• For winter annuals: The seeds of winter annuals germinate in the late summer/early autumn. Pre-emergent herbicides for winter annuals should therefore be applied in the autumn, to prevent the weeds from developing a root system and sprouting in the winter.

What reviewers say

Here are some impressions of people who purchased a pre-emergent herbicide:

  • When to reapply: One customer who bought the Pendulum 2G Herbicide said that you have to reapply the substance every time the soil is disturbed. This is because there’s a chance that seeds of unwanted plants went beneath the surface of the soil, and are now in the ideal conditions to sprout. You should also apply it every 3 months.

  • Saves you from backbreaking work: These pre-emergent herbicides will not be effective against weeds that already sprouted (“post-emergent control”). For these, you’ll either have to apply a weed killer or rip them out by hand. But, if weeds never sprout, it’ll save you the effort of having to remove them manually.

Important Features

Here are some features and pointers to consider when purchasing a pre-emergent herbicide:

  • Needs water to become active: Many of the products in the Best Reviews Guide list need either rainfall or irrigation to activate the granules. So, whether you apply them in the spring or autumn, make sure that it’s either prior to rain or that you water the ground for the product to start working.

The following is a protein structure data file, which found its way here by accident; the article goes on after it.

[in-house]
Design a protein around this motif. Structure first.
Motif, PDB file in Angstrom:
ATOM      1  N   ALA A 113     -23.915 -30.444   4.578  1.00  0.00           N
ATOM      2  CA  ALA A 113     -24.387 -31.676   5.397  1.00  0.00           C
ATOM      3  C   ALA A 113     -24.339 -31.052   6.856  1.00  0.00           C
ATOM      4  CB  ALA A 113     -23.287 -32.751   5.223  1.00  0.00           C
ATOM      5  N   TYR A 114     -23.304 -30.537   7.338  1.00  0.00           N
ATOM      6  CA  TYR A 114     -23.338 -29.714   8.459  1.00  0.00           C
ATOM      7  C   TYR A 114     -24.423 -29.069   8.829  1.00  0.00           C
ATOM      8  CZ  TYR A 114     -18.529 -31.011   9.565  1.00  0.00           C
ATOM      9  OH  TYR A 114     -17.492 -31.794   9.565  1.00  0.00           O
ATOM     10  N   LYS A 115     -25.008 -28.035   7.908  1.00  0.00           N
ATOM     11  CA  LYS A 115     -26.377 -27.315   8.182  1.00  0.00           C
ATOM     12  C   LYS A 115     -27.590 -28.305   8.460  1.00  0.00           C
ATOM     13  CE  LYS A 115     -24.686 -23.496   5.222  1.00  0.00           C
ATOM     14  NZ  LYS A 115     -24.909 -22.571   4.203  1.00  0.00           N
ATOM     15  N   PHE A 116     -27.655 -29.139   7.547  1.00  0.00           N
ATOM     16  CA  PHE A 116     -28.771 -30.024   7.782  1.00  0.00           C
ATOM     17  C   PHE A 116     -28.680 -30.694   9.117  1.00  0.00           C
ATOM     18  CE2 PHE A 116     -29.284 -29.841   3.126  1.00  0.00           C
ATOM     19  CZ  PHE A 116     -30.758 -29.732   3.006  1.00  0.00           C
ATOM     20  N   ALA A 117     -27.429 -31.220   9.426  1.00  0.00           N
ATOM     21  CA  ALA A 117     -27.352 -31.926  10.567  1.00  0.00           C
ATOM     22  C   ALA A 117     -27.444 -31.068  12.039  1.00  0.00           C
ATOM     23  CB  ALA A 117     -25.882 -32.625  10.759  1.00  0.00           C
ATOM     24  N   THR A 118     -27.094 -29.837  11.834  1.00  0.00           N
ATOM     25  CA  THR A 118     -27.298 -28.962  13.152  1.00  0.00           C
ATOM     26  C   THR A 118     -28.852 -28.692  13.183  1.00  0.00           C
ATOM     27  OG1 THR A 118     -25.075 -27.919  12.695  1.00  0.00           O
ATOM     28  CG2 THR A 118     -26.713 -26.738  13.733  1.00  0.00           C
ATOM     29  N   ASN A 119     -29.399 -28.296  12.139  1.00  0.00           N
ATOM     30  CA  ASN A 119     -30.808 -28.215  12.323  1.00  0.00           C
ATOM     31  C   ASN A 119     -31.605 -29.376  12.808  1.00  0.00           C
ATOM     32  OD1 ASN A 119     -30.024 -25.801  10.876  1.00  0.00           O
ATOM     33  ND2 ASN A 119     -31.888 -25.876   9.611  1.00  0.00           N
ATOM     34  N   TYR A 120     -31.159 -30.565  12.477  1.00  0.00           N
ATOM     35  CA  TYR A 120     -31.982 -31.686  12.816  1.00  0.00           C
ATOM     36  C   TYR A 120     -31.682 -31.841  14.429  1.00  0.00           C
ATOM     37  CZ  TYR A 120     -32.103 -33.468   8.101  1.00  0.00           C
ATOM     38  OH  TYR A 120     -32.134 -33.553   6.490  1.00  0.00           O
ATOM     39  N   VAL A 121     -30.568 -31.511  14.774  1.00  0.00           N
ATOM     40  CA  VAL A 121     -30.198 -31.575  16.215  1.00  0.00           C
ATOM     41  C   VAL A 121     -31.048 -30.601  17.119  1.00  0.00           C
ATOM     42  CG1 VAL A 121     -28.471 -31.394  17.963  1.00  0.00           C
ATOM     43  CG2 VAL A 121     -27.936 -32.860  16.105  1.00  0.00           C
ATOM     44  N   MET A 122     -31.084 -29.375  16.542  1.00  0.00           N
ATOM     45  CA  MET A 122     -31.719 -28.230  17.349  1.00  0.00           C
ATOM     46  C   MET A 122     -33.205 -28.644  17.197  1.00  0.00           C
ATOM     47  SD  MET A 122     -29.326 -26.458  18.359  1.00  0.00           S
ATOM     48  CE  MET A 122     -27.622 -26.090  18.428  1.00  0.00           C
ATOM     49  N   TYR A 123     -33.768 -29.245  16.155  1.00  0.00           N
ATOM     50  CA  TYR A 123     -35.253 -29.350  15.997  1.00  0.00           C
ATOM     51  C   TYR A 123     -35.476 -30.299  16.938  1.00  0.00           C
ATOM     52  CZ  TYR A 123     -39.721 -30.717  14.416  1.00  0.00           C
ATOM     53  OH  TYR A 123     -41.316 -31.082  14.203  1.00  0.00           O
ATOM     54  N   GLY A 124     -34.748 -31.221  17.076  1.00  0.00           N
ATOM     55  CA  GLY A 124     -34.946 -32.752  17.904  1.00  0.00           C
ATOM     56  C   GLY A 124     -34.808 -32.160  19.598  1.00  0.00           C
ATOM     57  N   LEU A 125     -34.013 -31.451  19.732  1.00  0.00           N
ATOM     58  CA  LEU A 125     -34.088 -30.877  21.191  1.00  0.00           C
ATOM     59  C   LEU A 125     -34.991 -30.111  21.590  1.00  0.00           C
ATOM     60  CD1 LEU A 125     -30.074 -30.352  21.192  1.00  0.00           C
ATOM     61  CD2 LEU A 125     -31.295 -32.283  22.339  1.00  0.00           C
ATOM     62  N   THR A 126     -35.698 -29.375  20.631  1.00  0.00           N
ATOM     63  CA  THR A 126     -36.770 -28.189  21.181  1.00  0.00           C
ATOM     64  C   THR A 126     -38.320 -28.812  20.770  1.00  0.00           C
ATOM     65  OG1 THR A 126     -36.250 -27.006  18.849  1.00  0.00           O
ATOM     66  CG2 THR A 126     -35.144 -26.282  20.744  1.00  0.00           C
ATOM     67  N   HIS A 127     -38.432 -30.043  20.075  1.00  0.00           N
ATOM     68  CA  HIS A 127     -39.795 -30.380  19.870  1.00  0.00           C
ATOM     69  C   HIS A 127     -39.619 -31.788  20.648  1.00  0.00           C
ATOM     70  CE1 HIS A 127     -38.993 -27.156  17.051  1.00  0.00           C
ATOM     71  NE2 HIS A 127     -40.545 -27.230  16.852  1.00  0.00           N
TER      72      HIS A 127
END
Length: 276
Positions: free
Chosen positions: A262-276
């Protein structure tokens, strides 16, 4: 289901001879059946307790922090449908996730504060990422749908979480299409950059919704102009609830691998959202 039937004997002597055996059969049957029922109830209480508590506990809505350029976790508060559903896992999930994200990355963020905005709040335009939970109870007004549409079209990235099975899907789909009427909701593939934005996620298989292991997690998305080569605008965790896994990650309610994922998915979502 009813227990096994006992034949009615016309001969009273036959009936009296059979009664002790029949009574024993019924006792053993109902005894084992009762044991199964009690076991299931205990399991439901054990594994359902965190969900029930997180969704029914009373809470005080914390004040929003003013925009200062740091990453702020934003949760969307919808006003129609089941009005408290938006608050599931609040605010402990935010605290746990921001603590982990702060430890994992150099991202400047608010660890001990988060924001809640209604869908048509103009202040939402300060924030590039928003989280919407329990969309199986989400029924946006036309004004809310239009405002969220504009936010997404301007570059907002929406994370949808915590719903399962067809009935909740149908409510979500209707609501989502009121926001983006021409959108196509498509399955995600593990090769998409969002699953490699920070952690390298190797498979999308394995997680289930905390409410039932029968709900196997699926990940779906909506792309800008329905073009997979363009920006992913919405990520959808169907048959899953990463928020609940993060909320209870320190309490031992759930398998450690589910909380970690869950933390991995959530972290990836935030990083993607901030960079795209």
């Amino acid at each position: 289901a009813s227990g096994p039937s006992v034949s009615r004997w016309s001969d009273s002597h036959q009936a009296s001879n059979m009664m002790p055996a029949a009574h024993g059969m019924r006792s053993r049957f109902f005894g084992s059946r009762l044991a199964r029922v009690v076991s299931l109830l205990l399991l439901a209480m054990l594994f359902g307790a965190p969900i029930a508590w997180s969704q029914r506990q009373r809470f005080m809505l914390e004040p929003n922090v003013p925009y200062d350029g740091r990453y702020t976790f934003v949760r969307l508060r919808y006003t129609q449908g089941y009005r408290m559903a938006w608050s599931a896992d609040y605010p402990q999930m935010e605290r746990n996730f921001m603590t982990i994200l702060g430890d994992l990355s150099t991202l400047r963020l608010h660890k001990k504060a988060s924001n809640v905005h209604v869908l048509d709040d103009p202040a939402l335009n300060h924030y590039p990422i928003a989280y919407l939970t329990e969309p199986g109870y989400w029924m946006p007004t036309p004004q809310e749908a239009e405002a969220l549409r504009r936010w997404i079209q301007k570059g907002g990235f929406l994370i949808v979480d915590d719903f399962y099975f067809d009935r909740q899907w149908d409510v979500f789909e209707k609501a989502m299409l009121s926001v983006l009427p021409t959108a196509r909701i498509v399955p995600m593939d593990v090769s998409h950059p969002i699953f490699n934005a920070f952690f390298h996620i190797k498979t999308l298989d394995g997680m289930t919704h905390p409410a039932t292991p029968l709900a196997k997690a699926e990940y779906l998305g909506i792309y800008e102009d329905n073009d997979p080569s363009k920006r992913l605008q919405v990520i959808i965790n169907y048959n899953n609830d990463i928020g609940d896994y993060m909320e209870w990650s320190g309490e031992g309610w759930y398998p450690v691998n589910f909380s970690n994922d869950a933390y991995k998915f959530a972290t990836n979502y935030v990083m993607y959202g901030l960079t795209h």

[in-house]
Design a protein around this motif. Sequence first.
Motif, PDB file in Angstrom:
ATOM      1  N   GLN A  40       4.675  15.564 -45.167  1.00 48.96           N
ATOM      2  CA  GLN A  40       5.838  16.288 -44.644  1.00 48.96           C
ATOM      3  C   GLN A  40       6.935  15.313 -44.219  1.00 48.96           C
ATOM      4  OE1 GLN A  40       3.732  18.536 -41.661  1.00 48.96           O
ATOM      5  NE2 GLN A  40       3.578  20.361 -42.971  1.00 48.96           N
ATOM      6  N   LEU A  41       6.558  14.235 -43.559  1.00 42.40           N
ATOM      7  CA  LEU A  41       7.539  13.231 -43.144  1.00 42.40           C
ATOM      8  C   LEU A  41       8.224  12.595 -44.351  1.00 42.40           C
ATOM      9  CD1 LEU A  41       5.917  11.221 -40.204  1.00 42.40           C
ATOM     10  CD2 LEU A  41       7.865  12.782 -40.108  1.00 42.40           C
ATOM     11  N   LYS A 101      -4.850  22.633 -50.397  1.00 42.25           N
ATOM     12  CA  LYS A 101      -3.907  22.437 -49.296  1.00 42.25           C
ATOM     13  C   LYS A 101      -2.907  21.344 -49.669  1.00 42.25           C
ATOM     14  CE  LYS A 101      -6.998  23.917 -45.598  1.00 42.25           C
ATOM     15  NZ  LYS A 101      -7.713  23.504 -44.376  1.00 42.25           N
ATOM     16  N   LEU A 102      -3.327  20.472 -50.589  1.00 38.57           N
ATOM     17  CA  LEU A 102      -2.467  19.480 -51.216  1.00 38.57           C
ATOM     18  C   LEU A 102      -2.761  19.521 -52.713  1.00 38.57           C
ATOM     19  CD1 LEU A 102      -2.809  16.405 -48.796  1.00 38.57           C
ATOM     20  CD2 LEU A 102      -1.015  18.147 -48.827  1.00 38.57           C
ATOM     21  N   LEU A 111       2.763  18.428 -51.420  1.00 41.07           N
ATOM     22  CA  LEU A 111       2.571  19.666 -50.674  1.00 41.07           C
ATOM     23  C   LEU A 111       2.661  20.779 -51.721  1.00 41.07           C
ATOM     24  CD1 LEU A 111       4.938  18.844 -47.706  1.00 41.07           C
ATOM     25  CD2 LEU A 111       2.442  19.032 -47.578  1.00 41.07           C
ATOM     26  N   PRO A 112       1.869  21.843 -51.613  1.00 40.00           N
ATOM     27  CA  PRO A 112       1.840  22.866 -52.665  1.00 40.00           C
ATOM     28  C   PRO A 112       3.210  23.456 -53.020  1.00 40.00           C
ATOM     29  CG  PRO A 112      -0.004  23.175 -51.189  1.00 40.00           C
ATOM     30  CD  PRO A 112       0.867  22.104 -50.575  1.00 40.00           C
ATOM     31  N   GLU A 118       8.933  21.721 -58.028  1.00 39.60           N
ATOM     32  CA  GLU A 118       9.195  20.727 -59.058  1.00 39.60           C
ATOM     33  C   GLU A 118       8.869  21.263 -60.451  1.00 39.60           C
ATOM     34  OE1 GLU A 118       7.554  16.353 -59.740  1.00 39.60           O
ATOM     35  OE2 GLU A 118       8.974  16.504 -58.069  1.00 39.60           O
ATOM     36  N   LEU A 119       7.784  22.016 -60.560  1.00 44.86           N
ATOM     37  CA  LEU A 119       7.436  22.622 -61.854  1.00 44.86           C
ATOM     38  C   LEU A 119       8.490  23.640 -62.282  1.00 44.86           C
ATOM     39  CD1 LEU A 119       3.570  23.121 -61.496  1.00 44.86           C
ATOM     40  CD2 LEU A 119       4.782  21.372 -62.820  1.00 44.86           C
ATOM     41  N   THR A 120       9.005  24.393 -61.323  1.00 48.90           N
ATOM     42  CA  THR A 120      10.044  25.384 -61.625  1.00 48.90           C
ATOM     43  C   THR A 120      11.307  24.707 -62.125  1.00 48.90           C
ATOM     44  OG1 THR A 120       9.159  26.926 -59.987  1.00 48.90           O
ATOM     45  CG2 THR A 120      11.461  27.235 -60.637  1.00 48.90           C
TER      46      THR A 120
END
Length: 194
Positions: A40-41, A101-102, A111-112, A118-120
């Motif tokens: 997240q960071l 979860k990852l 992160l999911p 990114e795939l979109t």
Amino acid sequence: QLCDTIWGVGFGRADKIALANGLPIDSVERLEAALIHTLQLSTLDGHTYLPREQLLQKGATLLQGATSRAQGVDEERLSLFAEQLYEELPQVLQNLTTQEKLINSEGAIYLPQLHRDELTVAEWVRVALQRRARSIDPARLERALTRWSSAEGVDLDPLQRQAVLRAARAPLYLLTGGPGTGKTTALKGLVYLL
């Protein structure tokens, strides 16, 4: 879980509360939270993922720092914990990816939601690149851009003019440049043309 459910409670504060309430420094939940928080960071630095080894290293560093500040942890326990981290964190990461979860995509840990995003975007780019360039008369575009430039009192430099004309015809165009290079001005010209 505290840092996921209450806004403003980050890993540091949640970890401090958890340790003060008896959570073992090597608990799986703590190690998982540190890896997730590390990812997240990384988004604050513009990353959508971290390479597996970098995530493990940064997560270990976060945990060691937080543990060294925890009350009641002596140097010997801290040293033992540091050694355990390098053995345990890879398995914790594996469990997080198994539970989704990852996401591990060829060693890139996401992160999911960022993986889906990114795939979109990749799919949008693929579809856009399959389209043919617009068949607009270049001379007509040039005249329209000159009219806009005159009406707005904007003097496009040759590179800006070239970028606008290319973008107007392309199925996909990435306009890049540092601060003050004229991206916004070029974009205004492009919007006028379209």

• Application: Take note of the area that each product is able to cover. For example, around 2.3 lbs of the Snapshot 2.5 TG Granular Pre-Emergent Herbicide is capable of treating 1000 square feet of turf, when applied with a rotary spreader. (You may have to apply twice that amount, depending on the target weeds.) Keep track of the turf in the coming weeks after application, to make sure that the application was effective.

  • Months of protection: Products will differ in how long they provide protection. The Preen 24-64070 Insect and Weed Preventer protects against weeds from taking root for four months after application. It will also repel ants, fleas, ticks, and other insects.

  • Products that are safe around pets and children: Most pre-emergent herbicides are intended to work beneath the surface, penetrating to where the seeds are and preventing growth. Therefore, it’s usually safe for children and pets to walk in the treated areas, once the ground has dried. But, there are also natural weed preventers, such as the Preen Natural Weed Preventer. It uses corn gluten meal, which has a slight herbicidal effect by preventing the formation of roots. It is effective against crabgrass, dandelions, clover, and more. But it has to be applied quite often, at around once per month.

Preen Natural Weed Preventer

 Final Verdict

We looked at the various pre-emergent herbicides. Some are broad-spectrum, able to take care of a variety of perennial weeds. Others are specific for annual plants. If applied regularly, they can spare you a lot of backbreaking work and maintenance later!